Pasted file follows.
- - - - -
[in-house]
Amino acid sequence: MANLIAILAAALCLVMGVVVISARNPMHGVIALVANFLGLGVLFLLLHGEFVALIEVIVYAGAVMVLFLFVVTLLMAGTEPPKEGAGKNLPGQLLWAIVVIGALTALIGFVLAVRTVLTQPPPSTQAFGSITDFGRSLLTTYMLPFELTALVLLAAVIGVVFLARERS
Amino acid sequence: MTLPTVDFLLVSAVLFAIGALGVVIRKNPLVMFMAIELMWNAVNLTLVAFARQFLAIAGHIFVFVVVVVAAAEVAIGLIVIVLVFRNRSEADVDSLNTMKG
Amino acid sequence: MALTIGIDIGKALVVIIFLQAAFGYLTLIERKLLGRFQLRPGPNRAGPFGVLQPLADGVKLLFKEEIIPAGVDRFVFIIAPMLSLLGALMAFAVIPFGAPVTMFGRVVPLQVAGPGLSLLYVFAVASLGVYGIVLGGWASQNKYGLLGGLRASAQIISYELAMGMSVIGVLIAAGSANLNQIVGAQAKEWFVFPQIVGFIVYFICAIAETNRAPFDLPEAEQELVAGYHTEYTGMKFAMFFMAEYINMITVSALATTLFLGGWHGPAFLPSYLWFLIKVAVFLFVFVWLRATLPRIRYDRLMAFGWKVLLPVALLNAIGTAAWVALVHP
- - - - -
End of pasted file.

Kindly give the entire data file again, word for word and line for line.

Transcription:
[in-house]
Amino acid sequence: MANLIAILAAALCLVMGVVVISARNPMHGVIALVANFLGLGVLFLLLHGEFVALIEVIVYAGAVMVLFLFVVTLLMAGTEPPKEGAGKNLPGQLLWAIVVIGALTALIGFVLAVRTVLTQPPPSTQAFGSITDFGRSLLTTYMLPFELTALVLLAAVIGVVFLARERS
Amino acid sequence: MTLPTVDFLLVSAVLFAIGALGVVIRKNPLVMFMAIELMWNAVNLTLVAFARQFLAIAGHIFVFVVVVVAAAEVAIGLIVIVLVFRNRSEADVDSLNTMKG
Amino acid sequence: MALTIGIDIGKALVVIIFLQAAFGYLTLIERKLLGRFQLRPGPNRAGPFGVLQPLADGVKLLFKEEIIPAGVDRFVFIIAPMLSLLGALMAFAVIPFGAPVTMFGRVVPLQVAGPGLSLLYVFAVASLGVYGIVLGGWASQNKYGLLGGLRASAQIISYELAMGMSVIGVLIAAGSANLNQIVGAQAKEWFVFPQIVGFIVYFICAIAETNRAPFDLPEAEQELVAGYHTEYTGMKFAMFFMAEYINMITVSALATTLFLGGWHGPAFLPSYLWFLIKVAVFLFVFVWLRATLPRIRYDRLMAFGWKVLLPVALLNAIGTAAWVALVHP